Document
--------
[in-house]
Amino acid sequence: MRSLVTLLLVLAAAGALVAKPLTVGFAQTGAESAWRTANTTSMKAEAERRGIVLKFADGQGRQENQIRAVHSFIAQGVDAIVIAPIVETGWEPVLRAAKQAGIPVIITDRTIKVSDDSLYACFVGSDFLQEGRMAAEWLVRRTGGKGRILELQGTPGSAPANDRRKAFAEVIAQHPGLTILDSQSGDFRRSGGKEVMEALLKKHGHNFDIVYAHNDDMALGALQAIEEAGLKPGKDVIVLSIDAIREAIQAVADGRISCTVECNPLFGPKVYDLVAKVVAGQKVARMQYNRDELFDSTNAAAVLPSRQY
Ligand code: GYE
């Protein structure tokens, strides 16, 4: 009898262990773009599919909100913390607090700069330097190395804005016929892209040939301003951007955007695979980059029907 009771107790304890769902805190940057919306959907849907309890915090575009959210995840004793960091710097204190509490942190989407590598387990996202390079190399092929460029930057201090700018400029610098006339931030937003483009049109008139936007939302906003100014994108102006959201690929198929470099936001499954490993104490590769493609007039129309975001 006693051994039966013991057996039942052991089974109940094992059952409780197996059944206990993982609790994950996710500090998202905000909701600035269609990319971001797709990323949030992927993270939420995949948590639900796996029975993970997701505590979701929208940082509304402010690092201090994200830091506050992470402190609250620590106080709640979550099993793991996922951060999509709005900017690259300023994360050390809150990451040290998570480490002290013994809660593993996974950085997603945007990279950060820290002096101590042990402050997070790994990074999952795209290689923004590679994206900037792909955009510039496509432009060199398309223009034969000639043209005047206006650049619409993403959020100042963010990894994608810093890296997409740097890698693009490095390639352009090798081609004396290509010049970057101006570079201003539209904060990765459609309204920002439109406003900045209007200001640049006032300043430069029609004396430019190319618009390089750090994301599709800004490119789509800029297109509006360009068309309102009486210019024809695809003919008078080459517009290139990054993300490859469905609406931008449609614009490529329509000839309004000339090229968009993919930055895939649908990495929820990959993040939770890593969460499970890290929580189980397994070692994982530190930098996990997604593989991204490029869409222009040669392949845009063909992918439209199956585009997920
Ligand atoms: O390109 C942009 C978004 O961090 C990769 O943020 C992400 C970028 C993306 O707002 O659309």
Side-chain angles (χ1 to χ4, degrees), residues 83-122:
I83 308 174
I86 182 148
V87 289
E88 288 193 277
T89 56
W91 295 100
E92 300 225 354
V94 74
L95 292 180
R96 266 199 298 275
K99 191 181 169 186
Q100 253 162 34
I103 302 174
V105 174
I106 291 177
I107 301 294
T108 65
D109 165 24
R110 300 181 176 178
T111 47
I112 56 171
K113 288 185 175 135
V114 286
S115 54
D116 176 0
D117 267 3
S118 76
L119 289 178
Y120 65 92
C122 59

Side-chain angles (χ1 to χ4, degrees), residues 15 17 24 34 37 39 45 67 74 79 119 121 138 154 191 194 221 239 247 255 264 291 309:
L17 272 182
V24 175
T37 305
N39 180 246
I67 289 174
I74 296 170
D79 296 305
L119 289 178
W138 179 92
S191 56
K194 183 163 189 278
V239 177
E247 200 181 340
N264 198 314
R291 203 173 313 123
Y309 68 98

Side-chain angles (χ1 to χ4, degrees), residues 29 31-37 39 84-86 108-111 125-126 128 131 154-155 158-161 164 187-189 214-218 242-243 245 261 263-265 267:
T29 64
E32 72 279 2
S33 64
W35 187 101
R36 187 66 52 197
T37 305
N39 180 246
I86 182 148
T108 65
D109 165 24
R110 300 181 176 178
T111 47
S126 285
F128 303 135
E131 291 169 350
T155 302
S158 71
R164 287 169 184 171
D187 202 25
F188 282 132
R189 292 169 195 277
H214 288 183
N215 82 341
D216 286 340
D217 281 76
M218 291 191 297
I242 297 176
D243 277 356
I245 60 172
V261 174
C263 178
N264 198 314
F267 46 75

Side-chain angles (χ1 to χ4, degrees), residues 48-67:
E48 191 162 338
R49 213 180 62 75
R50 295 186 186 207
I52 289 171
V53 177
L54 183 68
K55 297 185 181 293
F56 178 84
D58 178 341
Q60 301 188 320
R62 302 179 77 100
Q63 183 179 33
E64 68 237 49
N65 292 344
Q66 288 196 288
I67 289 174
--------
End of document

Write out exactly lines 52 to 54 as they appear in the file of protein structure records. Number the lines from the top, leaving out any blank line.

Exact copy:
R291 203 173 313 123
Y309 68 98

Side-chain angles (χ1 to χ4, degrees), residues 29 31-37 39 84-86 108-111 125-126 128 131 154-155 158-161 164 187-189 214-218 242-243 245 261 263-265 267: